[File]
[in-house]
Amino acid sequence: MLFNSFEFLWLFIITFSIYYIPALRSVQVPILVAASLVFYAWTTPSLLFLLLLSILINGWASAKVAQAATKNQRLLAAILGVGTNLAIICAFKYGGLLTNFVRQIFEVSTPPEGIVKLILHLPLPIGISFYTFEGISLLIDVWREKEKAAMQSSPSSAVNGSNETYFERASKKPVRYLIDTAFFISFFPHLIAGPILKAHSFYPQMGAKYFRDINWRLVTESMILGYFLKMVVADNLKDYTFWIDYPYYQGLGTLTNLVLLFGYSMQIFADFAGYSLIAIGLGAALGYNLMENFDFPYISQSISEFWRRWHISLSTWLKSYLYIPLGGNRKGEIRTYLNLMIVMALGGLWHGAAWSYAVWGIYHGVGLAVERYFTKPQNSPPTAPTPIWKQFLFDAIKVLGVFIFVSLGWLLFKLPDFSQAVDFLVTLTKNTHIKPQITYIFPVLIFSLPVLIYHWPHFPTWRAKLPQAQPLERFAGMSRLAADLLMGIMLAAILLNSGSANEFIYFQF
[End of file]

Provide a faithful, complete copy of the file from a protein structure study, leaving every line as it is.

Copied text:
[in-house]
Amino acid sequence: MLFNSFEFLWLFIITFSIYYIPALRSVQVPILVAASLVFYAWTTPSLLFLLLLSILINGWASAKVAQAATKNQRLLAAILGVGTNLAIICAFKYGGLLTNFVRQIFEVSTPPEGIVKLILHLPLPIGISFYTFEGISLLIDVWREKEKAAMQSSPSSAVNGSNETYFERASKKPVRYLIDTAFFISFFPHLIAGPILKAHSFYPQMGAKYFRDINWRLVTESMILGYFLKMVVADNLKDYTFWIDYPYYQGLGTLTNLVLLFGYSMQIFADFAGYSLIAIGLGAALGYNLMENFDFPYISQSISEFWRRWHISLSTWLKSYLYIPLGGNRKGEIRTYLNLMIVMALGGLWHGAAWSYAVWGIYHGVGLAVERYFTKPQNSPPTAPTPIWKQFLFDAIKVLGVFIFVSLGWLLFKLPDFSQAVDFLVTLTKNTHIKPQITYIFPVLIFSLPVLIYHWPHFPTWRAKLPQAQPLERFAGMSRLAADLLMGIMLAAILLNSGSANEFIYFQF